Ultimately we need a single payer system if we are serious about cost containment but we will need the House a supermajority in the Senate and Democratic President for that to happen.

  2. Catskinner says:

    “…Workers won’t be denied coverage because of the reporting delay, but they may not want to give up the insurance they get through the exchanges come 2015. …”

    Why not? Everybody else is having to give up their insurance because of this legislation.

    • Howard15 says:

      I am not having to give up my insurance. What are you talking about?

      • Catskinner says:

        Maybe you’re a United Auto Worker, or you work for a public entity.

        • Howard15 says:

          Neither, never have worked for a union and could not afford to be a govt employee. I am a Financial Planner for a Fortune 500 company. My corporation indicated over a month ago that they did not anticipate any significant changes to our health plan in 2014 and hoped that for the 3rd year in a row our premiums would remain the same. I am sorry if your employer has decided to cancel your coverage. The good news is that you and your family will now be able to go to a competitve exchange and purchase affordable health insurance even if you have a preexisting condition. That is huge and we as Americans will no longer be beholden to our employers when it comes to our health care. Have a nice day.

  3. Allan Richardson says:

    This is a good attempt at clearing up the misconceptions, while pointing out what is still uncertain. If an employee already HAS coverage through an exchange for 2014, and their employer offers (possibly more expensive and less beneficial) insurance in 2015, does the law forbid the insurance company currently providing the individual policy to cancel it, or refuse to renew it? If people who buy their own insurance next year and find it to be BETTER for them than the offer their employer eventually makes, why not allow them to keep it? That would be the “free market” proof that the system works.

    Health insurance should not HAVE TO BE provided by employers in the first place; that is a “precedent” dating from World War II and postwar days when labor was temporarily in short supply, so it became a recruiting tool to offer insurance. Because most of the available and affordable insurance for working-age families is employer-provided (via the “group” policy) even if the employee actually PAYS for all or most of it, employers have the ability to (1) threaten employees with loss of health care AS WELL as loss of income in case of layoff, (2) prevent talented would-be entrepeneurs from starting their own businesses for fear of their families’ health insurance being lost, and (3) control the health care choices of their employees according to the BOSSES’ religious beliefs. And the extra “burden” employers mention, in the case of manufactured goods that have to compete with foreign made products (whose countries include health care as a PUBLIC right), makes our own products less competitive in the world market.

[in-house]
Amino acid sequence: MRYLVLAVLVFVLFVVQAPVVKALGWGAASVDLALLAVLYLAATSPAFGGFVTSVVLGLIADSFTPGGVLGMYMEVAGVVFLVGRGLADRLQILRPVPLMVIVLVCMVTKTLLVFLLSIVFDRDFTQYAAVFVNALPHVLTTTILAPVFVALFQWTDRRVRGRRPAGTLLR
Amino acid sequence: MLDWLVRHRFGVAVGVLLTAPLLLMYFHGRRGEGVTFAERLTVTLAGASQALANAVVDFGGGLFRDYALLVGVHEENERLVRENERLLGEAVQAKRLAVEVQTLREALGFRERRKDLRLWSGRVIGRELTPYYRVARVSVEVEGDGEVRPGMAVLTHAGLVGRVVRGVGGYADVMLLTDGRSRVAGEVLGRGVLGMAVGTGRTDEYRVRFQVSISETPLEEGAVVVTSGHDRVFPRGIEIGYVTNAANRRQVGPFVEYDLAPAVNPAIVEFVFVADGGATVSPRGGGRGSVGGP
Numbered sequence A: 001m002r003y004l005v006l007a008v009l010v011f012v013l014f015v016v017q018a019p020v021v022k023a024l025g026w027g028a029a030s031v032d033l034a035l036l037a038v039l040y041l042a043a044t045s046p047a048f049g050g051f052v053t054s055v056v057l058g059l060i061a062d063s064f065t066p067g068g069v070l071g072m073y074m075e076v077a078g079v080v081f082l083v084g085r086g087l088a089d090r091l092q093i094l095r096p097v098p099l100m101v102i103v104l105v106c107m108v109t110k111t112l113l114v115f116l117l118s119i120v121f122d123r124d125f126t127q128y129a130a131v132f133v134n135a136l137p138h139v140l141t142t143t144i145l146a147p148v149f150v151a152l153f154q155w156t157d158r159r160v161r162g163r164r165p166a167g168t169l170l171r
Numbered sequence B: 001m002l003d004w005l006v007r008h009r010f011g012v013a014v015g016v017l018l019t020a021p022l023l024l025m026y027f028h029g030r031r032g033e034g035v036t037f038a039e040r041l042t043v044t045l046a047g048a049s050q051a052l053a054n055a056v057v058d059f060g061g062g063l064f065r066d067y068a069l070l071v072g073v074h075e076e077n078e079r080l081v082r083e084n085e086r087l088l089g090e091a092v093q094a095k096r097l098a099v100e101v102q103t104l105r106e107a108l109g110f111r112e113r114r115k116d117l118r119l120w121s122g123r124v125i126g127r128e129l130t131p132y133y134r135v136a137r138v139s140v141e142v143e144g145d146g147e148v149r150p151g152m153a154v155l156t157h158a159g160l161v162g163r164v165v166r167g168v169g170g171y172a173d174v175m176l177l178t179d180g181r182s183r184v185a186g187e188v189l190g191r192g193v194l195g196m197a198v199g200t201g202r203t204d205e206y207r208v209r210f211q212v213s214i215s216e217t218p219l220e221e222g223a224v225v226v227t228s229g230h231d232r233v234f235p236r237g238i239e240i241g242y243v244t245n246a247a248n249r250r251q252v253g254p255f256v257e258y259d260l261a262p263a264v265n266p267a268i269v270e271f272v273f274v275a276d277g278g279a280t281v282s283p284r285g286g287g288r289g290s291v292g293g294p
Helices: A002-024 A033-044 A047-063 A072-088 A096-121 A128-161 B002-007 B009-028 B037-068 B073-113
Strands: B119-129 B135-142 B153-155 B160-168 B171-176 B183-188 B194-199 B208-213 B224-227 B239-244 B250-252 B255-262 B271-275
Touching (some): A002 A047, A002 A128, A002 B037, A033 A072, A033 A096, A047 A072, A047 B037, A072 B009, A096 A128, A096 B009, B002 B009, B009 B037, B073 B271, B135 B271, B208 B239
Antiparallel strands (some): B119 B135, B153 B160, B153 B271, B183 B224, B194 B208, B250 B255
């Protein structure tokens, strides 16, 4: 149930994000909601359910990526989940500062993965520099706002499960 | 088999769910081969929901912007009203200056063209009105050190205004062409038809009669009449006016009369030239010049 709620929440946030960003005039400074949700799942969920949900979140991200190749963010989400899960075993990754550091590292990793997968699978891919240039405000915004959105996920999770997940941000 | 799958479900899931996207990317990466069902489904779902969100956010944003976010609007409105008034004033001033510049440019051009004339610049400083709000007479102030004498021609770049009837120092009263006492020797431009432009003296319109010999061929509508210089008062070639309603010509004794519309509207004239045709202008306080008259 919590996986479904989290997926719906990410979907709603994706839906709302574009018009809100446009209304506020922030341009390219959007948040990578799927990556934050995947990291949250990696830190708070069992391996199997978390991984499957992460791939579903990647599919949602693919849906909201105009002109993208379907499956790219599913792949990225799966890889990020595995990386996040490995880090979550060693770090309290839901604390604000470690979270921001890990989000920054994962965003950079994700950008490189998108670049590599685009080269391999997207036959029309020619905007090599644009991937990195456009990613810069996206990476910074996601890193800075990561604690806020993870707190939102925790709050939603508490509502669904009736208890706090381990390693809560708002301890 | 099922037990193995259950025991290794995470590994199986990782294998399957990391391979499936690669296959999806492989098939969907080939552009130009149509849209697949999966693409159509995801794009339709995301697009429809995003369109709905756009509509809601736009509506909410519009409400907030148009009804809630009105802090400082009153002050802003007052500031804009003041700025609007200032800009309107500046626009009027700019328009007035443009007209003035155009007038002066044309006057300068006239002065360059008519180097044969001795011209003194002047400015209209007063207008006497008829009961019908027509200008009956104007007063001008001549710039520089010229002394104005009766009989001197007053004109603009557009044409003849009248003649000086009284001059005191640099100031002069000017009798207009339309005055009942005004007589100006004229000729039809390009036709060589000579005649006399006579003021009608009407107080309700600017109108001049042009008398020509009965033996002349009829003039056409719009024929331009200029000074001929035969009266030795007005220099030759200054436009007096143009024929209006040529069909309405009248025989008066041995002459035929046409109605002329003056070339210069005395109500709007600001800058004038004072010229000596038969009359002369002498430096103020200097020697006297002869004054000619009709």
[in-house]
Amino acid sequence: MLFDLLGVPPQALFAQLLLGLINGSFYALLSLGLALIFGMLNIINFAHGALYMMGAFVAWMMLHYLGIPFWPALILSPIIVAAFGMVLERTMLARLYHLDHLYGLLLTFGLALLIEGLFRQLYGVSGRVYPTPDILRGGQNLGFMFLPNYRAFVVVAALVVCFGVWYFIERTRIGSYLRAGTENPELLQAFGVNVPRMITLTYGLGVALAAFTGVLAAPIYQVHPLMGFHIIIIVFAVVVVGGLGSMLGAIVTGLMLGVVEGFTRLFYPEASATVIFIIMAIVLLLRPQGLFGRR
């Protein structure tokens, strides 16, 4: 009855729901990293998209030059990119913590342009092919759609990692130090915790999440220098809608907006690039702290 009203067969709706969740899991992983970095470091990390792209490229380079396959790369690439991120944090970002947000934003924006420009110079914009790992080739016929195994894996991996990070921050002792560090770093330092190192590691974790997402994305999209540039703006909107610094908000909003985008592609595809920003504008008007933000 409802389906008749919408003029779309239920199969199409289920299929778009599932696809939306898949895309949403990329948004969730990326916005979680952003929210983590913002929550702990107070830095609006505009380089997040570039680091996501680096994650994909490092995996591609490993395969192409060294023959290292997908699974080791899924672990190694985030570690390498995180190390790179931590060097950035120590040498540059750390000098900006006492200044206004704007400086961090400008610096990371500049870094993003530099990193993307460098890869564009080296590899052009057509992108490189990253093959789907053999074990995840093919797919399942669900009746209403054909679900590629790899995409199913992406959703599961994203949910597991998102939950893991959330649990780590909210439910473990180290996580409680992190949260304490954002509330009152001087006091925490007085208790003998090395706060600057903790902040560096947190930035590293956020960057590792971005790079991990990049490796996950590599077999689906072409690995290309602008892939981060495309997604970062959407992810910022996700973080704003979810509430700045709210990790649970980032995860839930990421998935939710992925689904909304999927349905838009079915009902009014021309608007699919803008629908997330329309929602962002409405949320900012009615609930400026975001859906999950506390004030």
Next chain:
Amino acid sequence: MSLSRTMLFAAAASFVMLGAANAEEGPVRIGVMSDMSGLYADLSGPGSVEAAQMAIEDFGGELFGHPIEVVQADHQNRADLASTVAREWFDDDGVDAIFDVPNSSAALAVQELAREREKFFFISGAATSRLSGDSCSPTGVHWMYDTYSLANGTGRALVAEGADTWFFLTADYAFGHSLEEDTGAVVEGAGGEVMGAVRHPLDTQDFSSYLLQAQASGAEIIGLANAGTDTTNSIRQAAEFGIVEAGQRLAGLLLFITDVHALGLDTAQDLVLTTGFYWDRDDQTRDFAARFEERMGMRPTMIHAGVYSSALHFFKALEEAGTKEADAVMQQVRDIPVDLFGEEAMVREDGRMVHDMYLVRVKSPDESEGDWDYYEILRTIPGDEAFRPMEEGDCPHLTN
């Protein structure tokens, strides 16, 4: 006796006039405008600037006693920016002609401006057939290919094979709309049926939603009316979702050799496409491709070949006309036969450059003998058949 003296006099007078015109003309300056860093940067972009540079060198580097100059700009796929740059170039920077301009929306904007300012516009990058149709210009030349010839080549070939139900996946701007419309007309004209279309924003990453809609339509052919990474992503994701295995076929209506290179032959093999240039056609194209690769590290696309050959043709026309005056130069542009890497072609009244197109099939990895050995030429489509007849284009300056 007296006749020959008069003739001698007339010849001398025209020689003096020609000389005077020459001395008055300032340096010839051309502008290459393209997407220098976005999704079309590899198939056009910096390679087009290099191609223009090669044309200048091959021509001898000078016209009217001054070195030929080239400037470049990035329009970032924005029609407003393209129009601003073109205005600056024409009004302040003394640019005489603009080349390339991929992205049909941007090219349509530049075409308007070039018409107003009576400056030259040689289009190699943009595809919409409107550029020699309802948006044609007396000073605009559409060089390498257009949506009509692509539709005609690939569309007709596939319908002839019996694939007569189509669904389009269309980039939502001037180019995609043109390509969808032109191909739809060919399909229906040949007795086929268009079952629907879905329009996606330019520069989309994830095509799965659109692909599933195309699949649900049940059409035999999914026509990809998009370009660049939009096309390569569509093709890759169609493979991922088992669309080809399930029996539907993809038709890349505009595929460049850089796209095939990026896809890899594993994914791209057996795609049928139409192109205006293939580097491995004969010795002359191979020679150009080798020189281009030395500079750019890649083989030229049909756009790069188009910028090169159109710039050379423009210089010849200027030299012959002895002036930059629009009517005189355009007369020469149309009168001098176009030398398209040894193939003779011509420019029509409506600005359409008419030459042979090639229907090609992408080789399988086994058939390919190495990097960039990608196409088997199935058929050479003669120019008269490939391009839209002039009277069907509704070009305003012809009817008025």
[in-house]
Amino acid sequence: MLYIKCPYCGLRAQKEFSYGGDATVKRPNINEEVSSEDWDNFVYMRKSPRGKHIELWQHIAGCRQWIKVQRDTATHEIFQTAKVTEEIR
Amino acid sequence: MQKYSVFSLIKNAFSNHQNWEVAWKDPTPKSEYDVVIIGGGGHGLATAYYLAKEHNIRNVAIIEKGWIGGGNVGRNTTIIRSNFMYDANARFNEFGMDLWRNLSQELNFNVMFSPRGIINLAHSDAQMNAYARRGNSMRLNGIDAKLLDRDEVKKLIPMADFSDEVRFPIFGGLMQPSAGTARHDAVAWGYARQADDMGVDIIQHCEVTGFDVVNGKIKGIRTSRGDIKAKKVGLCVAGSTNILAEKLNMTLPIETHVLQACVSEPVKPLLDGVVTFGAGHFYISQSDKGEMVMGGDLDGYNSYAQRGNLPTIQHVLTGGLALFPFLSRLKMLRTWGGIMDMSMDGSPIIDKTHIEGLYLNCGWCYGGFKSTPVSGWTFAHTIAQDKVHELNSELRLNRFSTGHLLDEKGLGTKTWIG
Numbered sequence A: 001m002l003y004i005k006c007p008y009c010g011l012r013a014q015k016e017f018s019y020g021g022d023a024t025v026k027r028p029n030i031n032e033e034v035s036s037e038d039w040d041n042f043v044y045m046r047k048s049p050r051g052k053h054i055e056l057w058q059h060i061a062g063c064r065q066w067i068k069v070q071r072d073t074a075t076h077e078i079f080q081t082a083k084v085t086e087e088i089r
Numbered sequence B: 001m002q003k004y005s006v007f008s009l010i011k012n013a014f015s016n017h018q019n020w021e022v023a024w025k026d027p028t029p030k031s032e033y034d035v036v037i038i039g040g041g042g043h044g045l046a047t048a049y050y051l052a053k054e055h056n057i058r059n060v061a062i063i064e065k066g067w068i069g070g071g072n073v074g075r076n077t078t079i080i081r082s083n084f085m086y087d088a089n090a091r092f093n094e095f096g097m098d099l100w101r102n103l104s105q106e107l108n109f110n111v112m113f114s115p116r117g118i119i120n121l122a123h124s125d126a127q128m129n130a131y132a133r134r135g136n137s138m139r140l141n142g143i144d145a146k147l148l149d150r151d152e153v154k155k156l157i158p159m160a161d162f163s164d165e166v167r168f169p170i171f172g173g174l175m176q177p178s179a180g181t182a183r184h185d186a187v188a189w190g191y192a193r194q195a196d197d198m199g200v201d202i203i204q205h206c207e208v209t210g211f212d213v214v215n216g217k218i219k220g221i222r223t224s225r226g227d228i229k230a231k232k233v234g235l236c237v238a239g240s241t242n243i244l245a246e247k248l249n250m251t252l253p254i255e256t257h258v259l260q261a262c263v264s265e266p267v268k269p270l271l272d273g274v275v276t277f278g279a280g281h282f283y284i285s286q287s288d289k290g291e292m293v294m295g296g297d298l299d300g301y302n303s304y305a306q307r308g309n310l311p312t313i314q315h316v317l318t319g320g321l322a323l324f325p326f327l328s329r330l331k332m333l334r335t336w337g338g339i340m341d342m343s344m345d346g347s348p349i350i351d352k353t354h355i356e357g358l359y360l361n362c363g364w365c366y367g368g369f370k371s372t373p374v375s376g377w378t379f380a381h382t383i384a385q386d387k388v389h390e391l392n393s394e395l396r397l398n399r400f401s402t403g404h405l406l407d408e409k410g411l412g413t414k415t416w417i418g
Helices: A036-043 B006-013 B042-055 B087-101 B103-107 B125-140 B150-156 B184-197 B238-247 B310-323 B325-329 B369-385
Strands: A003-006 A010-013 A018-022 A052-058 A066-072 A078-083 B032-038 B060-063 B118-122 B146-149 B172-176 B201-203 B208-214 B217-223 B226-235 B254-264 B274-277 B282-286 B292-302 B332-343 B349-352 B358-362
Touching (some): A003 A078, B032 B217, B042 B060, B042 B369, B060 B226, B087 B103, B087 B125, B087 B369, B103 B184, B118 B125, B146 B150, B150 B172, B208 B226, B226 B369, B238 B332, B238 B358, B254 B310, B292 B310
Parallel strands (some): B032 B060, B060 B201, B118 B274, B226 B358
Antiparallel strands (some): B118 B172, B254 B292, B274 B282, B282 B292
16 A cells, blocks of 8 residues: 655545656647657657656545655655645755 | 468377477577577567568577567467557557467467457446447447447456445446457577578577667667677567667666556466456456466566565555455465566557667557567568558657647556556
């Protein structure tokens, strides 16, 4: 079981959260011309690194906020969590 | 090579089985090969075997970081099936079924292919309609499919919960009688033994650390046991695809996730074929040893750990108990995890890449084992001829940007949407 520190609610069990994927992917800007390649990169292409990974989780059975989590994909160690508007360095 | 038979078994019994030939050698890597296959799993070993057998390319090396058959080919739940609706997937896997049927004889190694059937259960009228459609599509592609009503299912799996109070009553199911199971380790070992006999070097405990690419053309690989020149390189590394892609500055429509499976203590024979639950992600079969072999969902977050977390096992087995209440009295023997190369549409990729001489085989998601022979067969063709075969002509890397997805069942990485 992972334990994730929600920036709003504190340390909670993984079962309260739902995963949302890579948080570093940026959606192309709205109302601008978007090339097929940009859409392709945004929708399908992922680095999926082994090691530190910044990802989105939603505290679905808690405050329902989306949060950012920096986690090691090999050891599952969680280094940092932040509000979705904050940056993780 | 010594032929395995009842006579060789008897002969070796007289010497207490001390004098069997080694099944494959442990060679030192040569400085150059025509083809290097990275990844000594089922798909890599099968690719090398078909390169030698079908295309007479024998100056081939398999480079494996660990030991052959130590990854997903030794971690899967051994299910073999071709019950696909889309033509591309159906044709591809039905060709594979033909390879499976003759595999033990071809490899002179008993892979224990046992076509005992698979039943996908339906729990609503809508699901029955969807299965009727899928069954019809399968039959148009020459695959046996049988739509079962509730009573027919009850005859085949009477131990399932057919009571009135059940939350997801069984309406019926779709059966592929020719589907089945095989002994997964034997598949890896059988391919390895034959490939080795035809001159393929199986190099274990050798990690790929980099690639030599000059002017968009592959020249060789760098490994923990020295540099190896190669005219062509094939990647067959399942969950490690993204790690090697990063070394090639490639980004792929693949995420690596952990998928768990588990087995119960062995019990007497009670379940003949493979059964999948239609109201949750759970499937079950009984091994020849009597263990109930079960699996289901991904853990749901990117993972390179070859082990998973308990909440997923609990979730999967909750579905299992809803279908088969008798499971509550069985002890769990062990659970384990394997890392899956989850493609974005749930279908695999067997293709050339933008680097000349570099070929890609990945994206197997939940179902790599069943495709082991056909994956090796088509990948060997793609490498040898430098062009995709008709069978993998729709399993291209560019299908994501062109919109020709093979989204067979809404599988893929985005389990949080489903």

The Veterans’ Administration health system and the military (Tricare) health system WORK, and work more efficiently than private insurance; Medicare (DESPITE fraud committed by business owners who later become governors of states) works more efficiently than private insurance. Since health care is the one line of insurance that insurance companies would rather NOT be in, judging from their complaints over the years, why not replace Obamacare, AFTER it is accepted by people who were against it before they were for it, with universal Medicare? Rather than WASTING federal tax money, it would SAVE it by spending it more effectively, as the governments of OTHER countries do. For most people, any POSSIBLE increase in taxes would be LESS than their personal share of medical insurance, plus co-pays, plus deductibles, plus raises in gross wages resulting from employers competing on WAGES to get good workers.

    And the malpractice “crisis” could be alleviated by having a single payer, who would be able to treat the majority of cases on a “no fault” basis, while keeping statistics on good and bad doctors, and have the authority to REMOVE the licenses of bad ones and, if necessary, criminally prosecute them. Oops, I just gave bad doctors a reason to oppose it, didn’t I?

    • Howard15 says:

      Well said except that for a plan tpo qualify as a group plan the employer must pay at least half of the premiums for their W2 employees.